Which statement best describes scientific laws

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Which statement best describes scientific laws

Chemistry
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Scientific laws are scientists' opinions of why events occur in nature. Scientific laws describe specific relationships in nature without offering an explanation. Scientific laws explain why natural events occur. Scientific laws were theories that have been tested, proven, and adopted as laws.
What do you think??
B

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Other answers:

they do explain,:)
really? are you sure i remmber learning laws just state things in nature not explain
really !! they are proven :)
than C
read the options again :)
Scientific laws were theories that have been tested, proven, and adopted as laws.
it can't be D are you sure
yeah, like the atomic model It was tested and proven
but its still a theory
nope, it's proven. just like the universal law of gravitation
the answer isnt D its B
a law doesn't explain
laws never become theories and theories never become laws
@ash2326 i think you should correct your self
Like sara said, the atomic model isn't completely explained, it's just a theory as of right now and it so just happens that there are certain trends that can be proven with tested and "proven observations"
proven with experiments and observations *
@J-Monstur thank you im not going crazy lol
@J-Monstur it was just an example, but every theory which is tested and proven with experiment is a law. Galileo predicted that sun is the center of the solar system which was proven and tasted later, it's kinda law. Newton predicted that there is a force existing between every object, which was tested and proved, which is called Universal Law of Gravitation.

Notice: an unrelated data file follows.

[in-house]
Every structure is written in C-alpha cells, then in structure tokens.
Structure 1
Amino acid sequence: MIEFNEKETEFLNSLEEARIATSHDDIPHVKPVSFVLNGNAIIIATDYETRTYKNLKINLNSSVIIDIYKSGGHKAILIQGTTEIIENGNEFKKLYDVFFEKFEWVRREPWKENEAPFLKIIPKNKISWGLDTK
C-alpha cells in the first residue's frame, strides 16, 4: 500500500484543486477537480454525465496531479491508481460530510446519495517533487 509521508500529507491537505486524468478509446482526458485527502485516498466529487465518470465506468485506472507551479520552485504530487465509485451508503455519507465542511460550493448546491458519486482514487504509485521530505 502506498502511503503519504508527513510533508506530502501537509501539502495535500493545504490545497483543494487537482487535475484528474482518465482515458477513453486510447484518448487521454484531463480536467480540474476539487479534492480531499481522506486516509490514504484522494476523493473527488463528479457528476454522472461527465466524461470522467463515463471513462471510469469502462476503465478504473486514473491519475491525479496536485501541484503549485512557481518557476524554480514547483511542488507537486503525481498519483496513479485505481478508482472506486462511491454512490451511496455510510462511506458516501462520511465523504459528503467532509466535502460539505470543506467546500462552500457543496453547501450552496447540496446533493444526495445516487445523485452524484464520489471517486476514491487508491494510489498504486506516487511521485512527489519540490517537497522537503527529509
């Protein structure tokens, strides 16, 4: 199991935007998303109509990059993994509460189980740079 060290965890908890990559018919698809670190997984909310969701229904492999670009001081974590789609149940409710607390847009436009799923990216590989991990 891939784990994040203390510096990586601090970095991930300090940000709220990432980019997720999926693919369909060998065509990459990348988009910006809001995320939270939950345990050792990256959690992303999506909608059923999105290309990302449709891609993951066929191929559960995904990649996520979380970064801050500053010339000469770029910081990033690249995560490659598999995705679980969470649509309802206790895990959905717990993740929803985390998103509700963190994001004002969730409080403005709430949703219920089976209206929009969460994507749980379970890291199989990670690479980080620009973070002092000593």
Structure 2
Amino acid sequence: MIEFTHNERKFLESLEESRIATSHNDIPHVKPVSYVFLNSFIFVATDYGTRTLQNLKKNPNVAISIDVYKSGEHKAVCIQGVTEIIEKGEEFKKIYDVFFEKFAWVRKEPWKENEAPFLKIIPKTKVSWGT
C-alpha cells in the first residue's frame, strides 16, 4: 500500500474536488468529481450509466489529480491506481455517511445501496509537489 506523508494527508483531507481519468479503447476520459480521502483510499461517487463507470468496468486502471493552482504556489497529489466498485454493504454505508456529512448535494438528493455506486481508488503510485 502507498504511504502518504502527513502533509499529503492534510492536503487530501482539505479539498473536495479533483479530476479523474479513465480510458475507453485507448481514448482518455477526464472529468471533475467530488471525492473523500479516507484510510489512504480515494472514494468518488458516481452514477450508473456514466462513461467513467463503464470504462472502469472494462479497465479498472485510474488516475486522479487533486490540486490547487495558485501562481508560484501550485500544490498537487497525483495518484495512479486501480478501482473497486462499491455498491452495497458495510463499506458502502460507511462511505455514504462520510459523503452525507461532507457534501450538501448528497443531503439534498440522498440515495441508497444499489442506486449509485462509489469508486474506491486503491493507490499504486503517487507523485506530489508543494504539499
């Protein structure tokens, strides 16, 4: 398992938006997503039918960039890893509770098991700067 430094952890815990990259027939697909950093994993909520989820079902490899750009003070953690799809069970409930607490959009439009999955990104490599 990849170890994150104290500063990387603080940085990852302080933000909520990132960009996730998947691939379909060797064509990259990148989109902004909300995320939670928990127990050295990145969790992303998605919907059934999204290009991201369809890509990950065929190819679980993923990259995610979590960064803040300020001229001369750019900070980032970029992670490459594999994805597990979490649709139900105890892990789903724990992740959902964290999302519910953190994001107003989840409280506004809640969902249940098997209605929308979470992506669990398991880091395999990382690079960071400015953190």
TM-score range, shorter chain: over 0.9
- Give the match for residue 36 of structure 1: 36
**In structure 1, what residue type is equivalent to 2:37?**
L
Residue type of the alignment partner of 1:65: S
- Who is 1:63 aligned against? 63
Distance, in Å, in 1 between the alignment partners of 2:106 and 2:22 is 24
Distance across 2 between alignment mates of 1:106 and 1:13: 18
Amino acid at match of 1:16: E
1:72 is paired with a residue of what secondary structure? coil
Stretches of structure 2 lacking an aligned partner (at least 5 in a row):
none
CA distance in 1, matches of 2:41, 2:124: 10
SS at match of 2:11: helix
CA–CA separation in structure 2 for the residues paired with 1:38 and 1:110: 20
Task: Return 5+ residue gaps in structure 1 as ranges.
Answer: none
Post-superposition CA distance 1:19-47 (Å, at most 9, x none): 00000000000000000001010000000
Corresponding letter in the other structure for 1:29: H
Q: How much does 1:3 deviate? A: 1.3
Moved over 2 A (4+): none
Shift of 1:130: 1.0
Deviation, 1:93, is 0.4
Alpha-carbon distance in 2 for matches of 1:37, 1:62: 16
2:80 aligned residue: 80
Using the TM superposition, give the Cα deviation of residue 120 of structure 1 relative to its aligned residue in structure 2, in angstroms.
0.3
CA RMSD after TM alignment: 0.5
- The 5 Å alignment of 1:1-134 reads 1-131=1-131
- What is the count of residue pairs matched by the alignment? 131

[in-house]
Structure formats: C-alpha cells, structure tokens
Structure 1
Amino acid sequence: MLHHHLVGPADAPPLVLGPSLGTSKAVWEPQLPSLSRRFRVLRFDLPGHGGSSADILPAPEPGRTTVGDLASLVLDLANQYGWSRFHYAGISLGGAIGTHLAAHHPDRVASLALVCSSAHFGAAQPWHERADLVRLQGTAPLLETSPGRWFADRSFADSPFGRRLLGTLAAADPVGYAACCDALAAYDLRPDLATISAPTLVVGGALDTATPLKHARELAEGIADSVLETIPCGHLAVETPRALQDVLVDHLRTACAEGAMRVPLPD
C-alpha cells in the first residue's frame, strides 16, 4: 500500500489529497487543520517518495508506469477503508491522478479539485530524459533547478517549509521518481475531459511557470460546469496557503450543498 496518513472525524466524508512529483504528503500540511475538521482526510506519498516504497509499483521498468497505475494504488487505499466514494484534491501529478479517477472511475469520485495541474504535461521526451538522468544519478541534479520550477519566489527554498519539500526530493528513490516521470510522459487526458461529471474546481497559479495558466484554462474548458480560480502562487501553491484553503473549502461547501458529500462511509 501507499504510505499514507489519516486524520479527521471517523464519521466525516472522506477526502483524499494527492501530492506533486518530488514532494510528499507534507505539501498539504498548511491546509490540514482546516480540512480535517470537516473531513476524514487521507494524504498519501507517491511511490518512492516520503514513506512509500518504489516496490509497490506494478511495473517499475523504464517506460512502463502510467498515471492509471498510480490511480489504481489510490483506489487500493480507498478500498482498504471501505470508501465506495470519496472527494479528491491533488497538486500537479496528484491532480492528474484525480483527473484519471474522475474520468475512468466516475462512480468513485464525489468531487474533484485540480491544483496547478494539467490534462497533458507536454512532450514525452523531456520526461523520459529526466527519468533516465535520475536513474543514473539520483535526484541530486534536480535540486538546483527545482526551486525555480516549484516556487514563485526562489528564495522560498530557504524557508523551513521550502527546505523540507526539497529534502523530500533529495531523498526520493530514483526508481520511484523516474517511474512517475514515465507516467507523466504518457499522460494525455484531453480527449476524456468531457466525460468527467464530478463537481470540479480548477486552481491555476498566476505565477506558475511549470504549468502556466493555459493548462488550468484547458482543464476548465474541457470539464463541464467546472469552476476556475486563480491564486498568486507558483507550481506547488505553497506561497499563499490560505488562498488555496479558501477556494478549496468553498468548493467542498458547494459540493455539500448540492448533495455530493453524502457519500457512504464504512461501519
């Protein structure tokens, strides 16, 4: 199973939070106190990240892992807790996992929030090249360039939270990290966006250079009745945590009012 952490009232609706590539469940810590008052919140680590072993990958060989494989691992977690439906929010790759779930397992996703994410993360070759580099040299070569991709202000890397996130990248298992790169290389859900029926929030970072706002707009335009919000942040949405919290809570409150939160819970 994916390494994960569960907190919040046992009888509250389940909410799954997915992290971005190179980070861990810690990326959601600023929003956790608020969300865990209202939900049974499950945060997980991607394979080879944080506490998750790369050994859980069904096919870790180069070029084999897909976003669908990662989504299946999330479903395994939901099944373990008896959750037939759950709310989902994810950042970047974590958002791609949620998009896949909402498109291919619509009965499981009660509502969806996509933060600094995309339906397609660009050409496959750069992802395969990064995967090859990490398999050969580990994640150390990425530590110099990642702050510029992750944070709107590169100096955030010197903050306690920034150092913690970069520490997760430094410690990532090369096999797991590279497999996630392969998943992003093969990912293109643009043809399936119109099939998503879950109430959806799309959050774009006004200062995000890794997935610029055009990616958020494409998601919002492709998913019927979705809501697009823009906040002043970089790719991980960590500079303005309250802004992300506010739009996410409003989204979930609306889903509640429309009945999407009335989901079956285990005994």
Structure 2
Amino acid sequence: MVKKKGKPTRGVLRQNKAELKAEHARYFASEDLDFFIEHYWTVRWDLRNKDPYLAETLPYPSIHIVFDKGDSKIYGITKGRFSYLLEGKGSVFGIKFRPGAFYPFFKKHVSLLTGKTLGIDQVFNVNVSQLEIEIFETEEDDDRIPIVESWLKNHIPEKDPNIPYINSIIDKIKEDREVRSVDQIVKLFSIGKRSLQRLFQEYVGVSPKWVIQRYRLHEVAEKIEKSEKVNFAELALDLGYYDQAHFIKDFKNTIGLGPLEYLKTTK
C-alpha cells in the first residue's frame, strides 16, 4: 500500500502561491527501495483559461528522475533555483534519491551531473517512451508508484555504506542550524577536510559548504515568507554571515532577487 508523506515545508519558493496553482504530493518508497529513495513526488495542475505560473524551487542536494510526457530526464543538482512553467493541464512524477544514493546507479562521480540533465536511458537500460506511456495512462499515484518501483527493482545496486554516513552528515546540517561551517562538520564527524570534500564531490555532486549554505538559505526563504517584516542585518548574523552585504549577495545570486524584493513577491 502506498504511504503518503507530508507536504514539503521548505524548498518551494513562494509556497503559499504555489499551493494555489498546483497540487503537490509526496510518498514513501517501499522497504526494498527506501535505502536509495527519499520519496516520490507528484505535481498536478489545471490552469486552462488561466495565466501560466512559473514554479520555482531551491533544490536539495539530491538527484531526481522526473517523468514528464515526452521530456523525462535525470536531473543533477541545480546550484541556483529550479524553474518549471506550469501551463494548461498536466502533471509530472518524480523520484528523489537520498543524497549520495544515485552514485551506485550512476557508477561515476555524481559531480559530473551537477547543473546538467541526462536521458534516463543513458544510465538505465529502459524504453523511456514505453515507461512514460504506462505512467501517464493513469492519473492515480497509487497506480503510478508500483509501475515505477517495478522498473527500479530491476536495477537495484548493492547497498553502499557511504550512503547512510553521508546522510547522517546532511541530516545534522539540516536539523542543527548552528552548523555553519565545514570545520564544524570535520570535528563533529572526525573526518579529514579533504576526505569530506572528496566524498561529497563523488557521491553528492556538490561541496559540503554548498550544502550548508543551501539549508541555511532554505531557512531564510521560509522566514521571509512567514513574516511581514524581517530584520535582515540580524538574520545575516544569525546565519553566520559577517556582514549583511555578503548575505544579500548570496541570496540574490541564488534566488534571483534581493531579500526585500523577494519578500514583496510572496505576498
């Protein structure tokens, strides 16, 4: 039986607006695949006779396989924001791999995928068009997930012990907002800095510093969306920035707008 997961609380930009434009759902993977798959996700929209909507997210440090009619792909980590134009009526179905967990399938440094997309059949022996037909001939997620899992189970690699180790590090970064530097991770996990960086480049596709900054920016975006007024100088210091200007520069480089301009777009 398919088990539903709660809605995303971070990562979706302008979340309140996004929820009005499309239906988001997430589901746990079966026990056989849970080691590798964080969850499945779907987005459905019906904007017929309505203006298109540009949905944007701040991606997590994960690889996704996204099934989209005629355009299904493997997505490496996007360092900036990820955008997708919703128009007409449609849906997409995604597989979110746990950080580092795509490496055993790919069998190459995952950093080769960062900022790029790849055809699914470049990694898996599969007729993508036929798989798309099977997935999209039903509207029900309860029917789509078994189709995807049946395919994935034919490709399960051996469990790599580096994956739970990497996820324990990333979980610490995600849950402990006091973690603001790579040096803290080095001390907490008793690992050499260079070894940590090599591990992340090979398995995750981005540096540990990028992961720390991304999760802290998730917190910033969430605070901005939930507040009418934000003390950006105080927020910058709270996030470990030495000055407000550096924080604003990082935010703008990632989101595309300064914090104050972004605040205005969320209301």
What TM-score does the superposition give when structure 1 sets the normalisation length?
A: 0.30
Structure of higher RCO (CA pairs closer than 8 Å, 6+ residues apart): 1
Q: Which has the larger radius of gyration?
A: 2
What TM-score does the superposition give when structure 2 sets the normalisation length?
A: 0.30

*tested
noooooooooo @ash2326 laws never become theories and theories never become laws
Although there are links between these natural phenomenons, scientific laws are established as universally applicable theories deduced through experimentation but aren't necessarily definitive. I never said ash was wrong cause they are tested and somewhat proven.It seems like the mix of B and D in my opinion.
I would say it's more of D though if you're looking at it from a scientific perspective
@sara1234 because you have the idea of atomic theories, that's why you are reluctant to theory becoming laws. I'll explain you with one more example
no need if they are something natural that happens its a law like the sun comes up from one side and down from another thats a fact no one can go against that a theroy can also be proven but never becomes a law it stays a theory
Technically it could be A. Cause these are what scientists are saying to explain natural phenomenons revolving around experimentations that have been done
no there not opinions they are facts that no one can go against
if some one can go against it with a differnt opinion than its a theory
LAW=FACT
I just read something, I think A is more appropriate Sorry @sara1234 @J-Monstur
LAW CANNOT BECOME THEORY THEORY CANNOT BECOME LAW
But Laws are based on what we as humans can only prove. So it's either A or D in my opinion. Not meant to cause a ruckus or anything
You can't just define Scientific Law as a fact because the epitome of the word that humans made up for it means that it is a fact. But if you believe it is B then that is your opinion and I fully respect that c:
it can't be A because a law is not based on opinions Cant be C because laws don't explain cant be D because laws can't become theroys and therorys can't become laws
Law is a It is an observation of the natural world that has been proven as fact.